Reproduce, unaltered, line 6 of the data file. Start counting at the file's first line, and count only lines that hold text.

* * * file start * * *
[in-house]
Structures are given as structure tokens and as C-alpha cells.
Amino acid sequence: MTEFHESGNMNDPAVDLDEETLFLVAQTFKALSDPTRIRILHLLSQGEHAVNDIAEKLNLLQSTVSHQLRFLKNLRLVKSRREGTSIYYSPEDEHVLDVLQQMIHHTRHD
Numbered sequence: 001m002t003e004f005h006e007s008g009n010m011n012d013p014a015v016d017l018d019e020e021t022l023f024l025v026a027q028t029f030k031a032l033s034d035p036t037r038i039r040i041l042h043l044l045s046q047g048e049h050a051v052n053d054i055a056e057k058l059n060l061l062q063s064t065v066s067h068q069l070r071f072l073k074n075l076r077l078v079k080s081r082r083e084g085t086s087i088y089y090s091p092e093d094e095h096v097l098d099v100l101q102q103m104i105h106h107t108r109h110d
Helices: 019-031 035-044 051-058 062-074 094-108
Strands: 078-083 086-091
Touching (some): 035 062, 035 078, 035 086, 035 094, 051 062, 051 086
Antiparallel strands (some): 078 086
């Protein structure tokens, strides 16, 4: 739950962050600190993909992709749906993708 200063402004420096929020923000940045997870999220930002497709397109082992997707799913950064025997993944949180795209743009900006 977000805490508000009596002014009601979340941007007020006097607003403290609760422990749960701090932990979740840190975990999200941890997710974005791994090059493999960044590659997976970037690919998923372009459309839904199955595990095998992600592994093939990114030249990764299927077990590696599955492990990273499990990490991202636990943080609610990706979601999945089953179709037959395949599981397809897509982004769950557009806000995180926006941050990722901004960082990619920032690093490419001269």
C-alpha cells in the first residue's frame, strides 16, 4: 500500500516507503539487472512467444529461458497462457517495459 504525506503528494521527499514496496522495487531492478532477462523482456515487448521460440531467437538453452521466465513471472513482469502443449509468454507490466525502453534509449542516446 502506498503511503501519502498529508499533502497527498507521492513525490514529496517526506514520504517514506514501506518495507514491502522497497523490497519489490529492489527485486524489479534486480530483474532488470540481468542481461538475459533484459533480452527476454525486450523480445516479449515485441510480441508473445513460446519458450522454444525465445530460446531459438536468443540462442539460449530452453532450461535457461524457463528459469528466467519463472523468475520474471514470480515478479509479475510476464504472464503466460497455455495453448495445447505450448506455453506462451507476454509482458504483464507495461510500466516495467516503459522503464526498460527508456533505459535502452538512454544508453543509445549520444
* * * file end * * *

Strands: 078-083 086-091